The CV Guide

Disclaimer: Most of the advice does not apply for ATS scanners. Still don't know how those work.

Let's say you've just been laid off unexpectedly, or you finally decided to put an end to your comfy NEET days, and you need a piece of digital paper to show someone because you wish to get paid. It's so overwhelming, where do you even begin? Well, you're in the right place, because this article right here is all you need to make a CV and actually land a job.

Before we start, there is a difference between a CV and a résumé. Curriculum Vitae (CV) is basically a your entire life, all your achievements, certificates, degrees, experience, all of it compiled together, while a résumé is a quick rundown of relevant information for the job you want. This is all completely irrelevant, because no one says résumé anymore, and no one except academia will expect your entire life course so far, but for the sake of brevity, the term CV will be used from now on.

Describe yourself in a thousand words

Firstly, sit down and write your academic achievements and all the work experience you have, in a single document. Try to be as detailed as possible. Mention everything, from fetching coffee for your slightly misogynistic boss to taking photos of university events. Anything that comes to your mind, just jot it down. Much like a lot of aspects of a job, it's easier to remove unnecessary fluff than to add it on the spot.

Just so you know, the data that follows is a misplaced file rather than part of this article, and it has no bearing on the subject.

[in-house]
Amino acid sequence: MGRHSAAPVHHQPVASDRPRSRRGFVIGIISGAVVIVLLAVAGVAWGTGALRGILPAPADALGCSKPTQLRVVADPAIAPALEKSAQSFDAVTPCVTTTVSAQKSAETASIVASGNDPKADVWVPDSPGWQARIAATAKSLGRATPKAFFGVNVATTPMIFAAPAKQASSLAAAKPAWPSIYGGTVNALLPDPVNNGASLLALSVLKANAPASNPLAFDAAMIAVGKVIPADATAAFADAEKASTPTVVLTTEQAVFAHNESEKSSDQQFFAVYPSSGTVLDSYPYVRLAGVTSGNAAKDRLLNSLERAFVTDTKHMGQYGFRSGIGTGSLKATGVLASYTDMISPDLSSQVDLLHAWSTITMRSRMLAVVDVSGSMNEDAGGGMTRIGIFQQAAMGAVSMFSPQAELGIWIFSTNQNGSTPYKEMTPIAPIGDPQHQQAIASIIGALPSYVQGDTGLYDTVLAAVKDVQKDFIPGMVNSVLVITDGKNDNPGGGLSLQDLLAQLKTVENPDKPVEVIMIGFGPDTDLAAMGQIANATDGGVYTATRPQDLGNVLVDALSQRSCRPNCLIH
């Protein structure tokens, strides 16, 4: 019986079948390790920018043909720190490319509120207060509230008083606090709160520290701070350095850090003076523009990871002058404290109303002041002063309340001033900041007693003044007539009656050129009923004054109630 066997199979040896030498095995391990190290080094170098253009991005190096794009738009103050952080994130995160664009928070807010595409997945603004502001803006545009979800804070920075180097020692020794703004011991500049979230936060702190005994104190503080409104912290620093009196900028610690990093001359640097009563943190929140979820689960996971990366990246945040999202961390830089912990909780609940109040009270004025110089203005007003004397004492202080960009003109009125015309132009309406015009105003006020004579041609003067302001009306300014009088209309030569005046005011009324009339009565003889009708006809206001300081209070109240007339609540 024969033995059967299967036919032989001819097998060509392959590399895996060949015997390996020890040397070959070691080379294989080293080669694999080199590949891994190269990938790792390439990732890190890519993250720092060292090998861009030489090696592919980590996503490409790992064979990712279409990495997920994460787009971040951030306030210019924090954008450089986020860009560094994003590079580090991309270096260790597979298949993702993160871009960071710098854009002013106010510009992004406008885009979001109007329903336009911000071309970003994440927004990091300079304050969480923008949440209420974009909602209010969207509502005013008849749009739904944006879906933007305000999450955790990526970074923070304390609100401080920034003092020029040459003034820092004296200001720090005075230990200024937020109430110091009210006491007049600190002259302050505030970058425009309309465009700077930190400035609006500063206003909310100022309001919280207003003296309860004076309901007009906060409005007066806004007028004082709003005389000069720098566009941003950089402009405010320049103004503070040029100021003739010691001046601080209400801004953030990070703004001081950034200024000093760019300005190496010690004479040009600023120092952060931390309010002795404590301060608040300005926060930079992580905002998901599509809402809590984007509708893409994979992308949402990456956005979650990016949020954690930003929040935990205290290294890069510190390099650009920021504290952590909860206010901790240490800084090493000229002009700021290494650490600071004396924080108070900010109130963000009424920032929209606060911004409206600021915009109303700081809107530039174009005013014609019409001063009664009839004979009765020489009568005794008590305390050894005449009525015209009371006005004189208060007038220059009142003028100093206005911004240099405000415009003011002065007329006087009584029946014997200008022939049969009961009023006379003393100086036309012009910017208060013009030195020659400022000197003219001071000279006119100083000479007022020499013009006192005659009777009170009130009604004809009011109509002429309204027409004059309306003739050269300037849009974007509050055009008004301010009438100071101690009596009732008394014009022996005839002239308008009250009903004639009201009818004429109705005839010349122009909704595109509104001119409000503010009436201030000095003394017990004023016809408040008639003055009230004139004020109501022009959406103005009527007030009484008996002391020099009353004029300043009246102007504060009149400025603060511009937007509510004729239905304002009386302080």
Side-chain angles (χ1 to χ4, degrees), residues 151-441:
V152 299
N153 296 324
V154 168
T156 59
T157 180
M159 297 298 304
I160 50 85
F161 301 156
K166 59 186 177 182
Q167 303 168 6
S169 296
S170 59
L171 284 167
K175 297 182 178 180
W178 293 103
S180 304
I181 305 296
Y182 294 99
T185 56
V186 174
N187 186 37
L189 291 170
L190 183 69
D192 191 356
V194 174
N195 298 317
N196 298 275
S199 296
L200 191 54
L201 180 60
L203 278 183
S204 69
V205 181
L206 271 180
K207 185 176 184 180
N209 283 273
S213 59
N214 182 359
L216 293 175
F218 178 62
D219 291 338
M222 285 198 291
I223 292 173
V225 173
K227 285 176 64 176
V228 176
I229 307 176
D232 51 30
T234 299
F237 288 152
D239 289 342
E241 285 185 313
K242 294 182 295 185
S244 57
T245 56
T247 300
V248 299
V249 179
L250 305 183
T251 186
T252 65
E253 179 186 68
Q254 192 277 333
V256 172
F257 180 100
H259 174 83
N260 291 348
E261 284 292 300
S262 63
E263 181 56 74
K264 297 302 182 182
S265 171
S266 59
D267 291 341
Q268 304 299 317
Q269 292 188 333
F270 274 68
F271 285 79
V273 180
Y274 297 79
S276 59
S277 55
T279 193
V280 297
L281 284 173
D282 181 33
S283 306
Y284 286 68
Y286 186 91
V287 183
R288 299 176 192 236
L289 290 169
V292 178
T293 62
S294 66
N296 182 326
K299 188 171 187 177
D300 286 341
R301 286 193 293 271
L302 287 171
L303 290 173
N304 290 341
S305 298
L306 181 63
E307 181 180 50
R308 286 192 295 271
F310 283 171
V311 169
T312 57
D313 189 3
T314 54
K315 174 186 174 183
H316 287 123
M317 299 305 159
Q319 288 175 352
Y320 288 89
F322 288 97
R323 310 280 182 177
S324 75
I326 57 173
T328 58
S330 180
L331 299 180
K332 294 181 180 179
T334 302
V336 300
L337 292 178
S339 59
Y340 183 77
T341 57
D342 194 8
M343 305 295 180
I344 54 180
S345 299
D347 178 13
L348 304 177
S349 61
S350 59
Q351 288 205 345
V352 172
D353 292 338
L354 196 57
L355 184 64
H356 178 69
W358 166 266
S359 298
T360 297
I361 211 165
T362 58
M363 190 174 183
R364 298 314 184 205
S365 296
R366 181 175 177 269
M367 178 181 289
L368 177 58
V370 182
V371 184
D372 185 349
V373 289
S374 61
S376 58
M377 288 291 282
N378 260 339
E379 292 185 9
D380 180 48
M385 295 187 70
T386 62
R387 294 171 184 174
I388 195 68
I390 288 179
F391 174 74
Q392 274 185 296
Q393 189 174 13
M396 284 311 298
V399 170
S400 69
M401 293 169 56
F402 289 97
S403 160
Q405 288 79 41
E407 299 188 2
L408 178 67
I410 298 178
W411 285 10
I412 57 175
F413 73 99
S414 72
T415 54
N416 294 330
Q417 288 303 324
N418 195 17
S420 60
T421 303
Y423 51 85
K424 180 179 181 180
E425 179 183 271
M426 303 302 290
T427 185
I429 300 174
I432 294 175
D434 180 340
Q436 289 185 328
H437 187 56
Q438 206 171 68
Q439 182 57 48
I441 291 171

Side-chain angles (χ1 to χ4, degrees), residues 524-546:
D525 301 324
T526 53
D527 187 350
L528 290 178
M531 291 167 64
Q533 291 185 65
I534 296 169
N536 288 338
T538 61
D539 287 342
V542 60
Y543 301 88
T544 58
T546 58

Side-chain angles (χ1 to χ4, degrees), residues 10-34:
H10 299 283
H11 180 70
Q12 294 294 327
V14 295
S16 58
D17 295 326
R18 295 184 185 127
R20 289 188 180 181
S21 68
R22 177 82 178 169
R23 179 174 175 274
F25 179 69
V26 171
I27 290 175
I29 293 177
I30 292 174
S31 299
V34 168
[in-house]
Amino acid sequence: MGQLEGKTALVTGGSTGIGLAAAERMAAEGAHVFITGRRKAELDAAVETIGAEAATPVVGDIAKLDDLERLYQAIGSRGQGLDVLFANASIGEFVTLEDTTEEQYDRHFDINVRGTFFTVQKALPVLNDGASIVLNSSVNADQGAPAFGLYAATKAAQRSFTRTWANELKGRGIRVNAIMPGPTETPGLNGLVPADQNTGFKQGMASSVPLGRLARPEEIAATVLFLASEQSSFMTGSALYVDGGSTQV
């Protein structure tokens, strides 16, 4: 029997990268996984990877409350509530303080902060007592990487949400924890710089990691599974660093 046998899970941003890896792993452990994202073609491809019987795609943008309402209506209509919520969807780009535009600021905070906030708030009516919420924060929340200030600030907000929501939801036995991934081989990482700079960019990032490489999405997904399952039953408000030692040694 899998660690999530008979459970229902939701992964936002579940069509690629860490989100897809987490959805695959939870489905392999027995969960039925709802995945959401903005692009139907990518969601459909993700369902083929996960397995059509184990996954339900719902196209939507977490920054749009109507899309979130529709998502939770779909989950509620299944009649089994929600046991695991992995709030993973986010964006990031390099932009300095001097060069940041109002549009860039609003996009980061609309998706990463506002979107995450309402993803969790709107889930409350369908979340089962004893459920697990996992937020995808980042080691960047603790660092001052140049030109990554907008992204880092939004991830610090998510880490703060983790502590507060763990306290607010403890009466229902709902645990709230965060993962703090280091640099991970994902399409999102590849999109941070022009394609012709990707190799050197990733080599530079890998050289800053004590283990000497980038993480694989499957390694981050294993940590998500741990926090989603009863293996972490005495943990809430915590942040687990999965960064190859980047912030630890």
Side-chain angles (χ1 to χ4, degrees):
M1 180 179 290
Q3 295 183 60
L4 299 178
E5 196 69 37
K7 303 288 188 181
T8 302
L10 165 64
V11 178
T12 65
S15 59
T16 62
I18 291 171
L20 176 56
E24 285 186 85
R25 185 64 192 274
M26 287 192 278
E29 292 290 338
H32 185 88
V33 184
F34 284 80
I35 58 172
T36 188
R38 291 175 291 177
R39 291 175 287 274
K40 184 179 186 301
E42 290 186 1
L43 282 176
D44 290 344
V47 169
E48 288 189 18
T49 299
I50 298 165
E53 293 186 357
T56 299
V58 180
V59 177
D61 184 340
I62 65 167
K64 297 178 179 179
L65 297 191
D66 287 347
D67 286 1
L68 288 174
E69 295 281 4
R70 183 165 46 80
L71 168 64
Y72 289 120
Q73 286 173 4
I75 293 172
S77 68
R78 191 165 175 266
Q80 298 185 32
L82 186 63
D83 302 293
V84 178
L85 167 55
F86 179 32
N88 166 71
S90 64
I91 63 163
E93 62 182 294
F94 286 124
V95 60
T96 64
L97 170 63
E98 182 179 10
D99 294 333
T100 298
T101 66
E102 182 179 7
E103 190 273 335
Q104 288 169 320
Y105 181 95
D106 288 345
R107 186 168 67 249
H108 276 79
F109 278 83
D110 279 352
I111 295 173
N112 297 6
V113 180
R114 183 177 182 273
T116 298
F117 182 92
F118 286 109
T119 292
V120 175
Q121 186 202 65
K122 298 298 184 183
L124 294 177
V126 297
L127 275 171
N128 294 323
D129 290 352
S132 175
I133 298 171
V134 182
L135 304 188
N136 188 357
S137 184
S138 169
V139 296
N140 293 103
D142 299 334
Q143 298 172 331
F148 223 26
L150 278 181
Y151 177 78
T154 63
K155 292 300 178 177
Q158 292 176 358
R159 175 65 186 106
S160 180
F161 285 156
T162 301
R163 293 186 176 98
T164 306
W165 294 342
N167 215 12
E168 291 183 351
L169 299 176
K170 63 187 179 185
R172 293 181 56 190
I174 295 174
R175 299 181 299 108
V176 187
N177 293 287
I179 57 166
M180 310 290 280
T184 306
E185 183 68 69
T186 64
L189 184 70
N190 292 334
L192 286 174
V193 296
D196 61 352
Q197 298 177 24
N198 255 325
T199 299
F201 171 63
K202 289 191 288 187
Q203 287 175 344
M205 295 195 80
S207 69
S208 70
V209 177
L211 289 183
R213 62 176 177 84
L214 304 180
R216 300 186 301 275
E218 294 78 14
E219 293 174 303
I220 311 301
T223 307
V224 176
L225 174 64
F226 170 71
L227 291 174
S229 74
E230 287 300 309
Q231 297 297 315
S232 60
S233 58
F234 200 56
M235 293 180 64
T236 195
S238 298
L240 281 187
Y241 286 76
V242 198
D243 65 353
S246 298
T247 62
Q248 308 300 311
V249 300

Next step is to translate your plebeian plainspeak to corporatese. You didn't stand in queue for 20 mins because your boss forgot his morning cuppa, you procured vital resources to ensure the team's success. You didn't just post some selfies from that boring conference, you created content to help boost the popularity of X university. It's mindboggling why humans have to communicate to each other in this way, but we live in a society.

Put aside that document for now, and browse jobs that are sort of within your expertise. As an example, we will be pretend that your desired position is that of Administrative Assistant, because it's a broad term that means literally anything and your dear author is not nearly as creative as HR. Administrative jobs can include the very general Assistant, Receptionist, AccountantLite, you name it. Then it branches off to specific establishments, like offices, hotels, spas, etc. It is all similar, but not quite the same, like how synonyms work in the English language.

Now we go back to your original document. Separate the experience you have based on the jobs you've scoured. There are customer-facing jobs, like a Hotel Receptionist, that also force you to deal with money and guest reservations, which is quite different than having to deal with social shenanigans in an office environment. Keep the original document intact, and create new documents for this step.